The aqueous solvent composition which is used to remove the scale material from the earth comprises a polyaminopolycarboxylic acid such as ethylenediaminetetraacetic acid (EDTA) or diethylenetriaminepentaacetic acid (DTPA) as a chelant or chelating agent which is intended to form a stable complex with the cation of the alkaline earth scale-forming material. Of these chelants, DTPA is the preferred species since it forms the most soluble complexes at greatest reaction rate. EDTA may be used but is somewhat less favorable and, as noted below, may be less responsive to the addition of the catalyst or synergist. The chelant may be added to the solvent in the acid form or, alternatively, as a salt of the acid, preferably the potassium salt. In any event the alkaline conditions used in the scale removal process will convert the free acid to the salt.
The concentration of the chelant in the solvent should normally be at least 0.1M in order to achieve acceptable degree of scale removal. Chelant concentrations in excess of 1.0M are usually not necessary and concentrations from about 0.3M up to about 0.6M will normally give good results; although higher concentrations of chelant may be used, there is generally no advantage to doing so because the efficiency of the chelant utilisation will be lower at excess chelant concentrations.
In addition to the chelant, the scale removal compositions contain a catalyst or synergist for the dissolution of the scale. As described in the applications referred to above, the synergist is preferably the oxalate anion, a monocarboxylic anion such as mercaptoacetate, hydroxyacetate or aminoacetate or an aromatic acid, preferably salicylate, or thiosulfate or nitriloacetate. Generally these anions are added as salts or the free acid, depending on the stability and availability of the chosen synergist. In either case, however, the relatively alkaline conditions under which the process is operated, will result in the acid, if used, being converted to the salt form. The potassium salts are preferred in view of their greater solubility and for this reason, the solvent should preferably be brought to the desired pH value with a potassium base, preferably potassium hydroxide.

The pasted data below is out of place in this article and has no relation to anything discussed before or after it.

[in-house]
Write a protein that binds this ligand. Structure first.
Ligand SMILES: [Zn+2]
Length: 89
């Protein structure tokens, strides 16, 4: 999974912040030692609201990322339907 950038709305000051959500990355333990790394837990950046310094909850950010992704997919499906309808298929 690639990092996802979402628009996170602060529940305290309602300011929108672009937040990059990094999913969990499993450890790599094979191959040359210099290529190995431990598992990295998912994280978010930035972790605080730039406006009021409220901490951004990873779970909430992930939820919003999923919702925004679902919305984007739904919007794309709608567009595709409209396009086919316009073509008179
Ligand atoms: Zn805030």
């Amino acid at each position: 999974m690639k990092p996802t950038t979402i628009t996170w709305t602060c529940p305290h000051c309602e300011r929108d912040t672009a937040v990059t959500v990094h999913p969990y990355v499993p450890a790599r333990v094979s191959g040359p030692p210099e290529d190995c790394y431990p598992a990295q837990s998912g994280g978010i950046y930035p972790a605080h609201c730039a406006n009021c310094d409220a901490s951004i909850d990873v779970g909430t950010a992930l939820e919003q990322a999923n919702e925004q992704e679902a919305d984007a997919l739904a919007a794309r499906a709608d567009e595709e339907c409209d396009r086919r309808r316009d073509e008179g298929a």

The pH of the solvent is adjusted by the addition of a base, preferably potassium hydroxide, to the desired value, permitting scale removal to take place under alkaline conditions preferably at pH values of from about 8.0 to about 14.0, with optimum values being from about 11 to 13, preferably about 12. As noted above, the use of caustic potash is preferred to bring the composition to the desired pH since the potassium salts formed by its use are more soluble than the corresponding sodium salts: it is important to avoid the use of sodium cations when operating at high pH values, above pH 8, and instead, to use potassium or, alternatively, cesium as the cation of the scale-removing agent. Potassium is preferred for economy as well as availability. Thus, the normal course of making up the solvent will be to dissolve the chelant and the potassium salt of the selected synergist in the water to the desired concentration, after which a potassium base, usually potassium hydroxide is added to bring the pH to the desired value of about 12.